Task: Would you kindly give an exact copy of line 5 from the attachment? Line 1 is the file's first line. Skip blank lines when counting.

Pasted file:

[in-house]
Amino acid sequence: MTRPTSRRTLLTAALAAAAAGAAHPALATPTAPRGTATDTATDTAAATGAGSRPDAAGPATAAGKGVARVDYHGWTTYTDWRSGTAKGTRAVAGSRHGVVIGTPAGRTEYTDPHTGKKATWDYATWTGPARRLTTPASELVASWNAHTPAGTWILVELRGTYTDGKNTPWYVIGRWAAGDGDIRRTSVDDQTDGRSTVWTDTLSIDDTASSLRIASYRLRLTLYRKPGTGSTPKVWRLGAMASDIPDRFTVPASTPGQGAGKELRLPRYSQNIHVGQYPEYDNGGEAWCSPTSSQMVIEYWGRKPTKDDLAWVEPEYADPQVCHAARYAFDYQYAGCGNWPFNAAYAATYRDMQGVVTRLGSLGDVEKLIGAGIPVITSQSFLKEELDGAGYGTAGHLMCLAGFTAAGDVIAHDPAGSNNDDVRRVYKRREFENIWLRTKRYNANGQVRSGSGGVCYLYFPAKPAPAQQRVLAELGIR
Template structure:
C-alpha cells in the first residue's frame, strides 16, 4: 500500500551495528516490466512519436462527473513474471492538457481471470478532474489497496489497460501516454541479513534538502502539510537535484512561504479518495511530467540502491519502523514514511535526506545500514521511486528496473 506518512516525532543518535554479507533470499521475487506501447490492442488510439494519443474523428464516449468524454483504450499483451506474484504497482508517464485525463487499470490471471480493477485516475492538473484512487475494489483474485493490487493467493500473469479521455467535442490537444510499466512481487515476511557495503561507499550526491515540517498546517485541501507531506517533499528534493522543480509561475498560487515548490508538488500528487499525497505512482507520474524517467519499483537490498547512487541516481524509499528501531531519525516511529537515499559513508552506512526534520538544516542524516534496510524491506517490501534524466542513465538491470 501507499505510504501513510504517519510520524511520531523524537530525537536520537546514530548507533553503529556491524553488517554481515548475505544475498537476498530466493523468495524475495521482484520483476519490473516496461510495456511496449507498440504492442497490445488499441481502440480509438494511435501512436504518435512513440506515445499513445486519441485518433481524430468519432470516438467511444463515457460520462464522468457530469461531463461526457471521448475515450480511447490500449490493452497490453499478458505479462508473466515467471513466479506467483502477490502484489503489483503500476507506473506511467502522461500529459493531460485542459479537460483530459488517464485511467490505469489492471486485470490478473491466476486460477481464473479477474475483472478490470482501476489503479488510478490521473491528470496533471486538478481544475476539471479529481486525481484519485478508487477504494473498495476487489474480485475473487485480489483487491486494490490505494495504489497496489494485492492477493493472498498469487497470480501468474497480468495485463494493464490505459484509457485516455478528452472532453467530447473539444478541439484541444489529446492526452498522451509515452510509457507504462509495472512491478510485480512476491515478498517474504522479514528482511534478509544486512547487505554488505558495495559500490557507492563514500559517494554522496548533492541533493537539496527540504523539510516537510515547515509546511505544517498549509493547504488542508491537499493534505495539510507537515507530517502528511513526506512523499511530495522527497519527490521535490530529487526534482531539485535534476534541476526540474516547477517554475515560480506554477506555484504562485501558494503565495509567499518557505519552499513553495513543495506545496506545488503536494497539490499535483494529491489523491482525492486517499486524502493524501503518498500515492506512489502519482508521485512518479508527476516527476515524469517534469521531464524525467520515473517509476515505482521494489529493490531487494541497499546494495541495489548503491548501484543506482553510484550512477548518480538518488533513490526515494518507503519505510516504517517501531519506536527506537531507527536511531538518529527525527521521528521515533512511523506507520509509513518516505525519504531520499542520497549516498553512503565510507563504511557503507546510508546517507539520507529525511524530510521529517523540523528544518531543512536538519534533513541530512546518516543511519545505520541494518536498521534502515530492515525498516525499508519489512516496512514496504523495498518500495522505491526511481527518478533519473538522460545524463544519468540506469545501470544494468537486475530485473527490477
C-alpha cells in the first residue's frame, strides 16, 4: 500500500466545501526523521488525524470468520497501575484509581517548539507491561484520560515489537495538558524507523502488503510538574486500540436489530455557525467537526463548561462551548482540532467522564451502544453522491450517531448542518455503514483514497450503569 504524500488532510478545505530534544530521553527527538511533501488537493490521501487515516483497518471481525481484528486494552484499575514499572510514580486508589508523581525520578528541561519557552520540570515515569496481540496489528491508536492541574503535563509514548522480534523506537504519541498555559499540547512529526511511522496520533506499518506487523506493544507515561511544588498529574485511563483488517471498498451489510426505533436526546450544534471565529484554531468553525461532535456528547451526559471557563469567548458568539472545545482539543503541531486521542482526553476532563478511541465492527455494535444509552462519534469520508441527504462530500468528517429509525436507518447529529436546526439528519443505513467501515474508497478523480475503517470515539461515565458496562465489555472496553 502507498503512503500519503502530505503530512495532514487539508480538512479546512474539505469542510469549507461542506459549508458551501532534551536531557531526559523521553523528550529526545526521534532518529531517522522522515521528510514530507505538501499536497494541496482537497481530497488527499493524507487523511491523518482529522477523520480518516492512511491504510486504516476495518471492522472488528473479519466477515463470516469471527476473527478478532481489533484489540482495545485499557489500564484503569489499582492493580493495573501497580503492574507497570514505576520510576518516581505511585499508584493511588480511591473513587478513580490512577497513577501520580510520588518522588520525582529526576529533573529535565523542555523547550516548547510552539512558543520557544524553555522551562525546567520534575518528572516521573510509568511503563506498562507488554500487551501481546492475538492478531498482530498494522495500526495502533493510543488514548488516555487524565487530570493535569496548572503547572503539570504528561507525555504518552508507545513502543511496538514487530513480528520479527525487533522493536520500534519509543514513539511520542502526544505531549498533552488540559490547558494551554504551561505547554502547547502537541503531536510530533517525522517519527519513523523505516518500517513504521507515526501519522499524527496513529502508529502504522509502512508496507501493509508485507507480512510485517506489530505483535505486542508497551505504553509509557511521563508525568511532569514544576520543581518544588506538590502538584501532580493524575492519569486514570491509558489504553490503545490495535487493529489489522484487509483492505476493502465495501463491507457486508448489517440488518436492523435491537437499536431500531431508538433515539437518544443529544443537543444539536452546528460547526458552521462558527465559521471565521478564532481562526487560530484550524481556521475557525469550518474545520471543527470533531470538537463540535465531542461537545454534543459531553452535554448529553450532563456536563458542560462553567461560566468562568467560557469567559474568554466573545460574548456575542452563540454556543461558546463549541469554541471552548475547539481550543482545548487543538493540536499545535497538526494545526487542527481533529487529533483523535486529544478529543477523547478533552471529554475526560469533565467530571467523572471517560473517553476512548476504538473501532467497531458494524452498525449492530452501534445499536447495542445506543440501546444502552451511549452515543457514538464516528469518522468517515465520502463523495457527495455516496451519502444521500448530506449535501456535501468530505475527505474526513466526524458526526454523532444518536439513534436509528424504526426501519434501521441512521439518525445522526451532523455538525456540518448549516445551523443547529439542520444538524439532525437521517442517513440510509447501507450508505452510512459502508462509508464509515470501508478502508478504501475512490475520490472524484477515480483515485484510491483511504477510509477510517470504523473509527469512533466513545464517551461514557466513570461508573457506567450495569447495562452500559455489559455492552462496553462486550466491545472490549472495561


C-alpha cells in the first residue's frame, strides 16, 4: 500500500466545501526523521488525524470468520497501575484509581517548539507491561484520560515489537495538558524507523502488503510538574486500540436489530455557525467537526463548561462551548482540532467522564451502544453522491450517531448542518455503514483514497450503569 504524500488532510478545505530534544530521553527527538511533501488537493490521501487515516483497518471481525481484528486494552484499575514499572510514580486508589508523581525520578528541561519557552520540570515515569496481540496489528491508536492541574503535563509514548522480534523506537504519541498555559499540547512529526511511522496520533506499518506487523506493544507515561511544588498529574485511563483488517471498498451489510426505533436526546450544534471565529484554531468553525461532535456528547451526559471557563469567548458568539472545545482539543503541531486521542482526553476532563478511541465492527455494535444509552462519534469520508441527504462530500468528517429509525436507518447529529436546526439528519443505513467501515474508497478523480475503517470515539461515565458496562465489555472496553 502507498503512503500519503502530505503530512495532514487539508480538512479546512474539505469542510469549507461542506459549508458551501532534551536531557531526559523521553523528550529526545526521534532518529531517522522522515521528510514530507505538501499536497494541496482537497481530497488527499493524507487523511491523518482529522477523520480518516492512511491504510486504516476495518471492522472488528473479519466477515463470516469471527476473527478478532481489533484489540482495545485499557489500564484503569489499582492493580493495573501497580503492574507497570514505576520510576518516581505511585499508584493511588480511591473513587478513580490512577497513577501520580510520588518522588520525582529526576529533573529535565523542555523547550516548547510552539512558543520557544524553555522551562525546567520534575518528572516521573510509568511503563506498562507488554500487551501481546492475538492478531498482530498494522495500526495502533493510543488514548488516555487524565487530570493535569496548572503547572503539570504528561507525555504518552508507545513502543511496538514487530513480528520479527525487533522493536520500534519509543514513539511520542502526544505531549498533552488540559490547558494551554504551561505547554502547547502537541503531536510530533517525522517519527519513523523505516518500517513504521507515526501519522499524527496513529502508529502504522509502512508496507501493509508485507507480512510485517506489530505483535505486542508497551505504553509509557511521563508525568511532569514544576520543581518544588506538590502538584501532580493524575492519569486514570491509558489504553490503545490495535487493529489489522484487509483492505476493502465495501463491507457486508448489517440488518436492523435491537437499536431500531431508538433515539437518544443529544443537543444539536452546528460547526458552521462558527465559521471565521478564532481562526487560530484550524481556521475557525469550518474545520471543527470533531470538537463540535465531542461537545454534543459531553452535554448529553450532563456536563458542560462553567461560566468562568467560557469567559474568554466573545460574548456575542452563540454556543461558546463549541469554541471552548475547539481550543482545548487543538493540536499545535497538526494545526487542527481533529487529533483523535486529544478529543477523547478533552471529554475526560469533565467530571467523572471517560473517553476512548476504538473501532467497531458494524452498525449492530452501534445499536447495542445506543440501546444502552451511549452515543457514538464516528469518522468517515465520502463523495457527495455516496451519502444521500448530506449535501456535501468530505475527505474526513466526524458526526454523532444518536439513534436509528424504526426501519434501521441512521439518525445522526451532523455538525456540518448549516445551523443547529439542520444538524439532525437521517442517513440510509447501507450508505452510512459502508462509508464509515470501508478502508478504501475512490475520490472524484477515480483515485484510491483511504477510509477510517470504523473509527469512533466513545464517551461514557466513570461508573457506567450495569447495562452500559455489559455492552462496553462486550466491545472490549472495561